“Marvel and A Wonder’—Joe Meno’s latest novel—is an emotionally honest exploration of the human need for connection.
The story centers on widower and Korean War vet, Jim Falls, and his biracial sixteen-year-old grandson, Quentin, who work side by side on a small chicken farm, but could not be more disconnected. Jim can’t seem to see anything of himself—physically or otherwise—in Quentin, who insulates himself with his Walkman. Set on the cusp of the millennium, they’re struggling to keep afloat in the blighted town of Mount Holly, where it’s easier to find fireworks and guns—no permit required—than a job, or any semblance of hope.
A white quarter horse arrives without explanation, and both Jim and Quentin struggle to make meaning of its appearance. Whether it’s a “miracle” or a “mistake,” any character that comes into contact with the mare can feel its frightening, magnificent power, and attributes a supernatural or religious significance to the creature.
When the horse is stolen, the two set out on a journey through the underbelly of the Midwest to retrieve the mare, confronting meth heads, runaways and illegal immigrants, all while navigating escalating acts of violence. Our heroes are an elderly farmer and a teen boy who can barely drive. Our villains commit acts of violence resignedly, almost like it’s inevitable and beyond control.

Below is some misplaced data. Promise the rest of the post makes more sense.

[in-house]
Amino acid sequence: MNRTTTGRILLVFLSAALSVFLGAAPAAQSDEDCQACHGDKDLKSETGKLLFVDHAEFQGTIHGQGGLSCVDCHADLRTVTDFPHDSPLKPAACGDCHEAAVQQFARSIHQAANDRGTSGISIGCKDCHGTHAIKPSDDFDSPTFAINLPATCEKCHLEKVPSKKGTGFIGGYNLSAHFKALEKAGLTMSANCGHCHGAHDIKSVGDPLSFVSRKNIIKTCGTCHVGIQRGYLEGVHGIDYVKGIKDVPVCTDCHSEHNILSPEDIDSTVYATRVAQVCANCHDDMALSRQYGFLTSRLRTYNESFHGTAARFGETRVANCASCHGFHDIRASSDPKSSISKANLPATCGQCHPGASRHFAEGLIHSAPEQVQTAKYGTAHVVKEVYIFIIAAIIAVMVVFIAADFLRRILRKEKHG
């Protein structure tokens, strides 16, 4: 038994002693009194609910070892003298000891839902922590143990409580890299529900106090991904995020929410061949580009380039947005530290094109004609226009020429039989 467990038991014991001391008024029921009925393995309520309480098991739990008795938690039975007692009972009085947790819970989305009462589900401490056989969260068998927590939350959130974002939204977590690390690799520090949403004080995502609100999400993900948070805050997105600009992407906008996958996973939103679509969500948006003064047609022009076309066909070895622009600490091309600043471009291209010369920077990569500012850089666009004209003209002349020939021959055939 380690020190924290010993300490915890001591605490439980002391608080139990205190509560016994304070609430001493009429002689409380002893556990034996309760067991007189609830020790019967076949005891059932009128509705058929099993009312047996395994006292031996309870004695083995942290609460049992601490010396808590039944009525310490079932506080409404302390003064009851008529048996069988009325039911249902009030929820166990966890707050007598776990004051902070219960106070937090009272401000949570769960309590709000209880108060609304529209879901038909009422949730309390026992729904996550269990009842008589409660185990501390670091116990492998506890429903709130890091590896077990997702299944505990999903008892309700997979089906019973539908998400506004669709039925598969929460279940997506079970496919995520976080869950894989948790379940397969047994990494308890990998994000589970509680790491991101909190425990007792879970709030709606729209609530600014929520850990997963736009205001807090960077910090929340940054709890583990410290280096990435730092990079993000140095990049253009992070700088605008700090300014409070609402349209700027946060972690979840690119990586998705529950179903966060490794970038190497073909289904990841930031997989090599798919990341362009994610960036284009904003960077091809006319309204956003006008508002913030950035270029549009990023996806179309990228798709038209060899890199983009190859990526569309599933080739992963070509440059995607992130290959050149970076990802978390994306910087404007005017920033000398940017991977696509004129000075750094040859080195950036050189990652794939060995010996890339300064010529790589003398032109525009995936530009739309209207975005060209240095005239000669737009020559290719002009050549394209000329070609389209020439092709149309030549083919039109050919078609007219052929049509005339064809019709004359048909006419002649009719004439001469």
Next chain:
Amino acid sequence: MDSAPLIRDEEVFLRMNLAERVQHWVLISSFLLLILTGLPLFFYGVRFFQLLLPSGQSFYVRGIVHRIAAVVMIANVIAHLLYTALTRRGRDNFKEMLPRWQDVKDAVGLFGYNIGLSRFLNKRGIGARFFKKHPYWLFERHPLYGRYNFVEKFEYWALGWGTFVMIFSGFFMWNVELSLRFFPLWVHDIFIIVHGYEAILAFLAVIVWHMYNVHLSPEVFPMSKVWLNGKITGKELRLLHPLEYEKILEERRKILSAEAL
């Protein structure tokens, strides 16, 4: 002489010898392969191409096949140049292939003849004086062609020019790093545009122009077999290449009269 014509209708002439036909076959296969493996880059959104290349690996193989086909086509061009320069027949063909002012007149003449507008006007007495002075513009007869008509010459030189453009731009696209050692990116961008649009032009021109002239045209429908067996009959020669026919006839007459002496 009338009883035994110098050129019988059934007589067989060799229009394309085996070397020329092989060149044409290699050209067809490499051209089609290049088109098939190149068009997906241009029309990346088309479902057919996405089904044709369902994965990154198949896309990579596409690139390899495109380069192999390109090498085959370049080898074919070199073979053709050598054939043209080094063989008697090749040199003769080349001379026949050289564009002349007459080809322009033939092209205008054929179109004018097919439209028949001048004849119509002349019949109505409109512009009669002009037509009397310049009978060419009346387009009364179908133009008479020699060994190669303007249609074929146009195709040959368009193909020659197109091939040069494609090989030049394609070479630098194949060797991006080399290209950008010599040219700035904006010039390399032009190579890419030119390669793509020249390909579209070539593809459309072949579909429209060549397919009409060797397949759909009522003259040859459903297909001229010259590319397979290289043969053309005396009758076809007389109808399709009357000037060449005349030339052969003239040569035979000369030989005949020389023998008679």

What I found most striking was Meno’s compassion—even the most despicable sadist has a glimmer of humanity we can empathize with, even he has someone he loves. This leaves us to consider if all these characters are the victims of the same malevolent force—whether it is poverty or capitalism or the American dream itself—that has bewitched and abandoned them.
In the midst of this violence, the grandfather and grandson find each other—they find softness, and elevating love. Old America was machismo and gunfights. New America is vulnerability and the redemptive power of relationships. I loved discovering their evolving connection throughout their journey, and I believe that this novel, while it goes places that are very dark, and very sad, is essentially humanist: heaven is “not a place […] but a person, a fragment of an hour.” (Catlyne Lasser)
“Marvel and a Wonder”
By Joe Meno
Akashic Books, 332 pages, $29.95
September 10 Release Party at The Book Cellar, 4736 North Lincoln, (773) 293-2665, 7pm.